Last week I made reference to what I called “teachable moments”. I’ve had some very interesting conversations with colleagues and other students from school and the conclusion is that those “teachable moments” are around us every moment of the day. The real question is how open are we to letting them walk through the door.
During my recent 10 day training in Oregon, the facilitators had selected readings that we read aloud as a group every day. It was what they called a choral reading…creating harmony with the spoken voice. We had been doing this for a week when a poem called “School Prayer” by Diane Ackerman was on the agenda and I got stopped in my tracks. The words were so profound, to me, that I had to stop and take note of the meaning. What increased the poems impact was the surprise factor. We were standing there, a group of 35 people, reading this poem and I felt like I had been hit with a baseball bat.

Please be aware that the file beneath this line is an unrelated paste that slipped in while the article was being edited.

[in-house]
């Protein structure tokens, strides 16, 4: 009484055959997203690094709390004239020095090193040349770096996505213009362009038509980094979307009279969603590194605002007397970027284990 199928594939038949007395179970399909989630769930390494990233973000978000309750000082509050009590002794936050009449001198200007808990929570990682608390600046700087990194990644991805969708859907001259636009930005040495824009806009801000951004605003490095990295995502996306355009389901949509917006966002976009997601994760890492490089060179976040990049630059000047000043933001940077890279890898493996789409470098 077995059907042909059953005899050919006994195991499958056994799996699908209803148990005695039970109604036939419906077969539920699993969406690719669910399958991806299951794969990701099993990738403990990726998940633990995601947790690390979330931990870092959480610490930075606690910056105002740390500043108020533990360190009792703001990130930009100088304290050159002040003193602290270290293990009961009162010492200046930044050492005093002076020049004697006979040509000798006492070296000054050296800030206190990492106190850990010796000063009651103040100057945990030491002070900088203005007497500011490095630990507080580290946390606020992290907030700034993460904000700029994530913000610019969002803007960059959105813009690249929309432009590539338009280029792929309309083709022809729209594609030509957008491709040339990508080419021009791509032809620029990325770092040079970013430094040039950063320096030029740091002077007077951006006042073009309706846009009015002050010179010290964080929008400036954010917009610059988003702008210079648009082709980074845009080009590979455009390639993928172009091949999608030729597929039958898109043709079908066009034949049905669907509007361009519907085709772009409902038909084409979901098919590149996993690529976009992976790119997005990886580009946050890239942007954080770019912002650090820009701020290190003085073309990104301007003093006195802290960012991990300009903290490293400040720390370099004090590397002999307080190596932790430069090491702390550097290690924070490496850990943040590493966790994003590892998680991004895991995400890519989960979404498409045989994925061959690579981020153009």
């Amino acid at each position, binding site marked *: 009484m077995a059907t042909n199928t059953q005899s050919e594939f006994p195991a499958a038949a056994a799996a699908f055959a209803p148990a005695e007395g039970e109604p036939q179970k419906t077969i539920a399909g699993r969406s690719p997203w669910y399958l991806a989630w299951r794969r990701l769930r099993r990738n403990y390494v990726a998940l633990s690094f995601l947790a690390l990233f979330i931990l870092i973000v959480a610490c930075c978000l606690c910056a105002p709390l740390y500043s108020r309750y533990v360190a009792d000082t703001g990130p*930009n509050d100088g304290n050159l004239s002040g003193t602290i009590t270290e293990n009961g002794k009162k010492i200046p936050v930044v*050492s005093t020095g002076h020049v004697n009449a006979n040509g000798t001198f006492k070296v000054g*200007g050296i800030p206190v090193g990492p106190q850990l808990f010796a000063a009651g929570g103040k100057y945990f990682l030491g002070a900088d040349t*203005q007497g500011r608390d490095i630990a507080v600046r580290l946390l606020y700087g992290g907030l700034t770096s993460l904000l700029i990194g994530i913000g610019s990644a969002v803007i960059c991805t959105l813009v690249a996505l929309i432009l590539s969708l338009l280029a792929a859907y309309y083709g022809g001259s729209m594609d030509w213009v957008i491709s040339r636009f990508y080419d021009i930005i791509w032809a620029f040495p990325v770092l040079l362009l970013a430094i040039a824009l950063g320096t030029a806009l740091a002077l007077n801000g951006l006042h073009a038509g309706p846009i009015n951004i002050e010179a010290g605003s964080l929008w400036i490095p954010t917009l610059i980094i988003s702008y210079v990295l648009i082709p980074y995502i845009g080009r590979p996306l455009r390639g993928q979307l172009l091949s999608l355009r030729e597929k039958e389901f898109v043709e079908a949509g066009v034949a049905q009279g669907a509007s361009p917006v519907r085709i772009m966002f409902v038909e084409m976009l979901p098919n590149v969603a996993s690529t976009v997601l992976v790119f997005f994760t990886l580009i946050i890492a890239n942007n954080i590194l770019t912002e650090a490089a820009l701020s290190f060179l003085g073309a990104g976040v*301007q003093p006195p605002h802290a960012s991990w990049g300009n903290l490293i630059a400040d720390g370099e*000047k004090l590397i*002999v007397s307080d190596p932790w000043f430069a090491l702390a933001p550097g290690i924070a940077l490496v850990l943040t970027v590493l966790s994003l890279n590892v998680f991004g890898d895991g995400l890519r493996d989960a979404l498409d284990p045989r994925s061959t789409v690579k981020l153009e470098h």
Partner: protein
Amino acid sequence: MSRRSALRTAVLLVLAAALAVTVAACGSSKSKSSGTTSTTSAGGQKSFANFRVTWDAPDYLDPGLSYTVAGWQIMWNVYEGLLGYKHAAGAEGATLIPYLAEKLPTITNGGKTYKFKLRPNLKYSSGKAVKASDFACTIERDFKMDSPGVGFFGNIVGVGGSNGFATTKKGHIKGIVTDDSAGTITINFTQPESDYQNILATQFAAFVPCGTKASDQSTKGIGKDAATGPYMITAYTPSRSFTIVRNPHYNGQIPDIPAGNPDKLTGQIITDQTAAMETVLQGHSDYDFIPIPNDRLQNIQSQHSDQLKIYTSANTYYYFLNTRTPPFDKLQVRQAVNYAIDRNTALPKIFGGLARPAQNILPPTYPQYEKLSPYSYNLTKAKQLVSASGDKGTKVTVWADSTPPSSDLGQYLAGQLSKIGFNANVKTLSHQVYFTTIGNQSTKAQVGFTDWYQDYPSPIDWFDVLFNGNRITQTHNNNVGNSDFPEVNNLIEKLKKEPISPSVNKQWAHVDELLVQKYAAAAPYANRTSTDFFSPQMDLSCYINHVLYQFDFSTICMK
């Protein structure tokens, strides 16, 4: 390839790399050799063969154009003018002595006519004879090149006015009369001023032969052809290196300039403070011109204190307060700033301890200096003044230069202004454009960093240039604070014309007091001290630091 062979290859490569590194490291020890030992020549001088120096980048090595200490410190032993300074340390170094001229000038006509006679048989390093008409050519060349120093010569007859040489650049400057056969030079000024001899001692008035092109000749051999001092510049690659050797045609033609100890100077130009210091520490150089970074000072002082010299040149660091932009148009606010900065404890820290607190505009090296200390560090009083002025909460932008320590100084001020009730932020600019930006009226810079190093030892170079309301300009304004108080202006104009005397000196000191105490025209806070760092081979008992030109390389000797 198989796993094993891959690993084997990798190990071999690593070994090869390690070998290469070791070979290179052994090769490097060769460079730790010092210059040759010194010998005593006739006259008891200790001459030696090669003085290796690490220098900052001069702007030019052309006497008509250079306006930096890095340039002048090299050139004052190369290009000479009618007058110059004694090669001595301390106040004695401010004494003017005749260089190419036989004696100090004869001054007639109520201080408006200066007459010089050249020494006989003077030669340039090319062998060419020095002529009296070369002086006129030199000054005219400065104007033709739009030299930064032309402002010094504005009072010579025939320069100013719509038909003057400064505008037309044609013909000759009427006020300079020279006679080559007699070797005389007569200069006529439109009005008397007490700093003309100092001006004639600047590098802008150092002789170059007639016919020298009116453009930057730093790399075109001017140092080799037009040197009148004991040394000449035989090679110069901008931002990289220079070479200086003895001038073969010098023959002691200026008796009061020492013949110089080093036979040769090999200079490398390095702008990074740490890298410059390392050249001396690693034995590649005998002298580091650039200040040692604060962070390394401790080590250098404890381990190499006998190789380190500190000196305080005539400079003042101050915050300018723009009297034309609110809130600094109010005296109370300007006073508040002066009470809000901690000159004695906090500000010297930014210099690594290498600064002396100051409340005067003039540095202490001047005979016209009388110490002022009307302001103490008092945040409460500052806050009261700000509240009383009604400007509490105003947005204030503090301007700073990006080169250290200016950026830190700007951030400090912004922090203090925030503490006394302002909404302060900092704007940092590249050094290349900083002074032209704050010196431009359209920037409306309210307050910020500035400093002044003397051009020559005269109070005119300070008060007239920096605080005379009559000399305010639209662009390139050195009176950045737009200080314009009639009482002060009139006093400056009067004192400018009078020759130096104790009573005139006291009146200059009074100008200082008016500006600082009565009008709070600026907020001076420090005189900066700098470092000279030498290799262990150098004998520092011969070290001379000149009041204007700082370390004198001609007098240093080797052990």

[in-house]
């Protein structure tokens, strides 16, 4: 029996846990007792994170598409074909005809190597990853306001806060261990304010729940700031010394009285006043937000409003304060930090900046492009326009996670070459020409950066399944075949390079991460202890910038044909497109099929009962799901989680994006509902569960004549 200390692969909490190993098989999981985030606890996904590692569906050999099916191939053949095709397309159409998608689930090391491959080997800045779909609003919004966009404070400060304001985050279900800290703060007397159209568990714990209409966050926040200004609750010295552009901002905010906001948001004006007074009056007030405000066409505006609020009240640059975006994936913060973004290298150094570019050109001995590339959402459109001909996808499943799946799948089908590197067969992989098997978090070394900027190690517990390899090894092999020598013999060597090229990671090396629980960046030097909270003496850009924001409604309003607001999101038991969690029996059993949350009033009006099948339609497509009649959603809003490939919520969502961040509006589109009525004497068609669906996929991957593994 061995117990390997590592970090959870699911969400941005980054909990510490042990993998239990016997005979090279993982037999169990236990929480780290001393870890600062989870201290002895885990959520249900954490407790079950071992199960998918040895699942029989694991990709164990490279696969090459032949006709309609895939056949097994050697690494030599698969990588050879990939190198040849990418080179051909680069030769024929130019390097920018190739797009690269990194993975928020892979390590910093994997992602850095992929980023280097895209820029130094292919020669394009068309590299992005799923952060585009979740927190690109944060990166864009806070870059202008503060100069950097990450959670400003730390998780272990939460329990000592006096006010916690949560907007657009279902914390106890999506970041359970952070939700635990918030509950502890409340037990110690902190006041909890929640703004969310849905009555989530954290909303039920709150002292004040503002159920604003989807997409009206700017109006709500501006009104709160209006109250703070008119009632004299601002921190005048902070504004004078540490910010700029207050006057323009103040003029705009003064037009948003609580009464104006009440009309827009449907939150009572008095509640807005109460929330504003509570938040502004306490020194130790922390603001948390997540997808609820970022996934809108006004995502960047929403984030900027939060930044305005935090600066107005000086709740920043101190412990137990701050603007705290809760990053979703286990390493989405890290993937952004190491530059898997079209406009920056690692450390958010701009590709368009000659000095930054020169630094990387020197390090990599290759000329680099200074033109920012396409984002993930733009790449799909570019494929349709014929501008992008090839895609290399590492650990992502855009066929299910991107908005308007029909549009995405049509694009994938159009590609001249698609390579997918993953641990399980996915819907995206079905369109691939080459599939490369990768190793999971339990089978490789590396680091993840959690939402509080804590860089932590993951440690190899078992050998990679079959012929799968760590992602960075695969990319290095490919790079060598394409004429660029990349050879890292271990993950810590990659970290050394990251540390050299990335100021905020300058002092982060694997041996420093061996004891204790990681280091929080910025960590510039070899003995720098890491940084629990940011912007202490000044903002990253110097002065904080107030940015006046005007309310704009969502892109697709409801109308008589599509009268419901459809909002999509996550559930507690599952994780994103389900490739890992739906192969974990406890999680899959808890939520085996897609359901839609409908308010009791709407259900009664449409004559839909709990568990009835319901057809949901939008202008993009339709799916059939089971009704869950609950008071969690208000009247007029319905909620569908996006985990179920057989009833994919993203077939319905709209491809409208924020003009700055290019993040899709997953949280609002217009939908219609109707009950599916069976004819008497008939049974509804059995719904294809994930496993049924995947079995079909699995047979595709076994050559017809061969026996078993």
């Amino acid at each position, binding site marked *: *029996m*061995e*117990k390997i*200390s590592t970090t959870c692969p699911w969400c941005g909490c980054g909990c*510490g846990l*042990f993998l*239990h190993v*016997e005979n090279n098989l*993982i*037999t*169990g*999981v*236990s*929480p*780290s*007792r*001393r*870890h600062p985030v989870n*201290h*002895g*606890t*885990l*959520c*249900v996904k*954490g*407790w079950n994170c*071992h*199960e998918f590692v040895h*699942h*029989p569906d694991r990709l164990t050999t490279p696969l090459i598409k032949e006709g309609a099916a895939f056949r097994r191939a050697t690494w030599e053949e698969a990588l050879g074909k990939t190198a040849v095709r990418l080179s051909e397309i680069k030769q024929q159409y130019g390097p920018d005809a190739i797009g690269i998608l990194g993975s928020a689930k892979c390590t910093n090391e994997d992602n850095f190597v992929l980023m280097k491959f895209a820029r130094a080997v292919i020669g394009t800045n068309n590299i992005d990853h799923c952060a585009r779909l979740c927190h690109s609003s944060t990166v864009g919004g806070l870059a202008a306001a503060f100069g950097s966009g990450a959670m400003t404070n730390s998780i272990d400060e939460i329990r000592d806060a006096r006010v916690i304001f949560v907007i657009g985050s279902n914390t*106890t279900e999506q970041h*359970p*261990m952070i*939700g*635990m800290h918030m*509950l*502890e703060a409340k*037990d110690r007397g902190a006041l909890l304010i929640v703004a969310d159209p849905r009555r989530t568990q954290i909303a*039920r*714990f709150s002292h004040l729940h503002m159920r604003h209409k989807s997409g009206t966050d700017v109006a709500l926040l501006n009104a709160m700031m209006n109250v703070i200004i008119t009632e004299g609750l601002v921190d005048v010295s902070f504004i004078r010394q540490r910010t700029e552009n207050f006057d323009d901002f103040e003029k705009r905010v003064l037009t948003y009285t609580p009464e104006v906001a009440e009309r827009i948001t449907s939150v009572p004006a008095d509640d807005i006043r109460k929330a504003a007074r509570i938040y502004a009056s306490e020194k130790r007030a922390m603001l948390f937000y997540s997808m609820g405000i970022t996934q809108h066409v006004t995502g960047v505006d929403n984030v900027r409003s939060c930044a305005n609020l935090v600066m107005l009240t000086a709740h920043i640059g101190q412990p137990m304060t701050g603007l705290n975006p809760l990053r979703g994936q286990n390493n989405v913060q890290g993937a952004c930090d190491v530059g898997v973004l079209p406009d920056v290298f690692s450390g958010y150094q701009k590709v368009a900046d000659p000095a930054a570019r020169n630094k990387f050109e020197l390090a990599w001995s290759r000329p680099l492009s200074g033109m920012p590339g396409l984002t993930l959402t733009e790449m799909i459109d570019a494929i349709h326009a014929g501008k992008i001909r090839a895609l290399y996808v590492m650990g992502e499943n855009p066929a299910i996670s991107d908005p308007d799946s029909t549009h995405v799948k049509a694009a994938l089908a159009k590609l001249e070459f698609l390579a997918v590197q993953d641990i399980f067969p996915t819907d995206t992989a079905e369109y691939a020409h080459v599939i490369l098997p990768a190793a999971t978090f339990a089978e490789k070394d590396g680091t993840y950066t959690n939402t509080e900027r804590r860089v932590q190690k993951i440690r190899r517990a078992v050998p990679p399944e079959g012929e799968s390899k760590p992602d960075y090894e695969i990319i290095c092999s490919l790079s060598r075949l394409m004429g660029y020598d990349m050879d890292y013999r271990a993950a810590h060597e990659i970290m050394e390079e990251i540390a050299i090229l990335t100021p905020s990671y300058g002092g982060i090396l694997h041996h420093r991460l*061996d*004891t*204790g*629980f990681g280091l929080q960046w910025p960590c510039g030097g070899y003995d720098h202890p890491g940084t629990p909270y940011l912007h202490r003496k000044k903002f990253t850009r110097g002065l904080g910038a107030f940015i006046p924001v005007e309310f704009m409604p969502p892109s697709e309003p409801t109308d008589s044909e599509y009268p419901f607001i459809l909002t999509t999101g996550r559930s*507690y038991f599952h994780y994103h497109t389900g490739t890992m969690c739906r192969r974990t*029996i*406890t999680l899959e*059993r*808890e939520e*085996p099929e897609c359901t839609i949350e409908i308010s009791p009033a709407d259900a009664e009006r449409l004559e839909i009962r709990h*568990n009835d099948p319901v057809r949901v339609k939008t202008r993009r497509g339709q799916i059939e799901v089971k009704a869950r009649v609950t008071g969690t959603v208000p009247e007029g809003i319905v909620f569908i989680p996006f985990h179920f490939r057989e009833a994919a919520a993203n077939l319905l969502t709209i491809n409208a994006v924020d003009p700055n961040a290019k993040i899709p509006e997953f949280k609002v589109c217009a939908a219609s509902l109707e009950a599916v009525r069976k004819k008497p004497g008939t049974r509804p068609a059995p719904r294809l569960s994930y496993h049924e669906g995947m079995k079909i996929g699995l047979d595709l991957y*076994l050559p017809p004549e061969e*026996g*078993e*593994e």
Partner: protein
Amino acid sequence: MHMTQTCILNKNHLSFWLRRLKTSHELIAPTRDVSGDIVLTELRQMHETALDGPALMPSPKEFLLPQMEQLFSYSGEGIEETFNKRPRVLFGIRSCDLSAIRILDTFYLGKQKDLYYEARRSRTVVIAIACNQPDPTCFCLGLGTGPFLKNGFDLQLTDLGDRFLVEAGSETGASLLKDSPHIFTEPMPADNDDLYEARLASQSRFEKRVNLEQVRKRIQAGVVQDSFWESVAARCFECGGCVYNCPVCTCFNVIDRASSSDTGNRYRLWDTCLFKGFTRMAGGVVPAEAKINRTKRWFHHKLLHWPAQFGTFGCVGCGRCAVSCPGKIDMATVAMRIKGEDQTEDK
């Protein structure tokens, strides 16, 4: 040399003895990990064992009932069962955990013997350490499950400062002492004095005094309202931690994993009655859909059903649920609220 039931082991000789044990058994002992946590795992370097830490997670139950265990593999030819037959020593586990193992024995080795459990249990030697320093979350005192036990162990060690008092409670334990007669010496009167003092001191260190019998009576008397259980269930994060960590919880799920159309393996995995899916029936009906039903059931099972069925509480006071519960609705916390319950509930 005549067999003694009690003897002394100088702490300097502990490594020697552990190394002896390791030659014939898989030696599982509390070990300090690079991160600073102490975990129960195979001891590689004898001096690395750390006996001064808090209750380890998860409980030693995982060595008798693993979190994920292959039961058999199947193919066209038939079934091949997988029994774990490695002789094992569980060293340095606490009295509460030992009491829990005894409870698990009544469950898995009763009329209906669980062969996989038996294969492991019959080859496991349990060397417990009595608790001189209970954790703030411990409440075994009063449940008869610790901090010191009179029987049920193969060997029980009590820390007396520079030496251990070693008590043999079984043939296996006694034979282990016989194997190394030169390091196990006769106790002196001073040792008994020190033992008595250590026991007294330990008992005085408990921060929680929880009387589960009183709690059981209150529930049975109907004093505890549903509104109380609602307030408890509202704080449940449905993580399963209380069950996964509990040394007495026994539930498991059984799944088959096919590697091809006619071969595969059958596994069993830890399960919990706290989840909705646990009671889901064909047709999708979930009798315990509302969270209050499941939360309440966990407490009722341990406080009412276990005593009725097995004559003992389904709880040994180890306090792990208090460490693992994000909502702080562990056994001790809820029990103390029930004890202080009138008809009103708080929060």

Facing a health challenge I’m sure you know all about being hit with a baseball bat, but this is different because this is for your own good. Moments like these are the ones that may catch you by surprise and throw you off balance, but they are the “teachable moments” that will renew your spirit and catapult you to a new level of understanding. These are the moments when you get a glimpse of being totally awake; it may seem scary, but isn’t living a full life supposed to be a bit scary?
Many facing a chronic or life-threatening illness resort to the philosophy that it’s better to insulate oneself from those baseball bat moments because the diagnosis was so devastating. However, the insulation prevents you from capturing those moments of intense emotion and connection to others. Physical, emotional, and spiritual insulation prevents you from experiencing everything that life (including the illness) has to teach you. Don’t built the fort so strong that nothing can get through because those “teachable moments” are the ones that can and often are the ones that will save your life, both figuratively and literally.